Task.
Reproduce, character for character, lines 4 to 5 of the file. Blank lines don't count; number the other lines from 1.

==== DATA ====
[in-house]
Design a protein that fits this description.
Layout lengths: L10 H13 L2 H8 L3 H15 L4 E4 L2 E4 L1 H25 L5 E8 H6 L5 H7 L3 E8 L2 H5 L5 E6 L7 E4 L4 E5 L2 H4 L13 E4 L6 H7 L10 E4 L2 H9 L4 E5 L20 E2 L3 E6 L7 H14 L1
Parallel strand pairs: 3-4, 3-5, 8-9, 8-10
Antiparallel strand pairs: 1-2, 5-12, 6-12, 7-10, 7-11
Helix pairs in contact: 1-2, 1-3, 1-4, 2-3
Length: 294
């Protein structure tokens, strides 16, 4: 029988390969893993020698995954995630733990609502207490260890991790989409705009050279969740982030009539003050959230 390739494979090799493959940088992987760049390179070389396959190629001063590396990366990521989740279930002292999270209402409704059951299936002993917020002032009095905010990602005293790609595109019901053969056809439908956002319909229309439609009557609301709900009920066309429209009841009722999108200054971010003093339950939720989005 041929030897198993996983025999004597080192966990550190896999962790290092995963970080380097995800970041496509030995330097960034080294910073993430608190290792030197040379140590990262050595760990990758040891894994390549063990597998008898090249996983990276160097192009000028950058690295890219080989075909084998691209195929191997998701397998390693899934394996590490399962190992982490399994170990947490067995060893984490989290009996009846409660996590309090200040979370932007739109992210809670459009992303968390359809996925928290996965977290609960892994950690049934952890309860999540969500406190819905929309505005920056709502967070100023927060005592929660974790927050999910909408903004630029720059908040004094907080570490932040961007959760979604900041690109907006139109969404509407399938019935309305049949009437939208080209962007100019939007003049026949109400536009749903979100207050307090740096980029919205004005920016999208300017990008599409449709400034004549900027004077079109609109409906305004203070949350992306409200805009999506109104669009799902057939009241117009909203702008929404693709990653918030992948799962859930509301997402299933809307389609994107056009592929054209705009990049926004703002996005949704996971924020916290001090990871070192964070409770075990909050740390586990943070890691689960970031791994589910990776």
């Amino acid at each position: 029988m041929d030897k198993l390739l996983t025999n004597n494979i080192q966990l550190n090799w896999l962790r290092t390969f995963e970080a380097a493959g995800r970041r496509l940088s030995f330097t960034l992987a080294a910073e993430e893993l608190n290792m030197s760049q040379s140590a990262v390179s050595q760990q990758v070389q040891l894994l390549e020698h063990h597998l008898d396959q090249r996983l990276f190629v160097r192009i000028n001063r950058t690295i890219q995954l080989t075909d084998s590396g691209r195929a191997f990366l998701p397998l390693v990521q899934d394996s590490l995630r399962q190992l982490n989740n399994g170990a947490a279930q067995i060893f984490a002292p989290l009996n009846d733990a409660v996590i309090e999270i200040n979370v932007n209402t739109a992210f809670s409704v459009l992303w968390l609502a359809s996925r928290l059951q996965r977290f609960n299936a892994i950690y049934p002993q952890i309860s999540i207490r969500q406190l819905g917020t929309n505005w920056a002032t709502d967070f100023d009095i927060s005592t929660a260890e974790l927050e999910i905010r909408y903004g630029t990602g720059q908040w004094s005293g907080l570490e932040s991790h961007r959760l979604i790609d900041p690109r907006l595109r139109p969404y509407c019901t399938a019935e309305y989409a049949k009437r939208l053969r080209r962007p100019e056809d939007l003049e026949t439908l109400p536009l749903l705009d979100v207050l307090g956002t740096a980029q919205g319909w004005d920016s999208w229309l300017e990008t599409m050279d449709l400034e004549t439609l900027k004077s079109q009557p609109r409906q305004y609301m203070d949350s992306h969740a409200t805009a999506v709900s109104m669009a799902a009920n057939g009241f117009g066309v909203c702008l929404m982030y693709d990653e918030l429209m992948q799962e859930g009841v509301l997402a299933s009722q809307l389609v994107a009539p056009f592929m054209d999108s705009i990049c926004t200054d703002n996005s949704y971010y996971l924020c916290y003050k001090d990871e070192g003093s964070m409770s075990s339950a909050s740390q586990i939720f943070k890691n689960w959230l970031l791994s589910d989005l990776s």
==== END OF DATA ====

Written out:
Parallel strand pairs: 3-4, 3-5, 8-9, 8-10
Antiparallel strand pairs: 1-2, 5-12, 6-12, 7-10, 7-11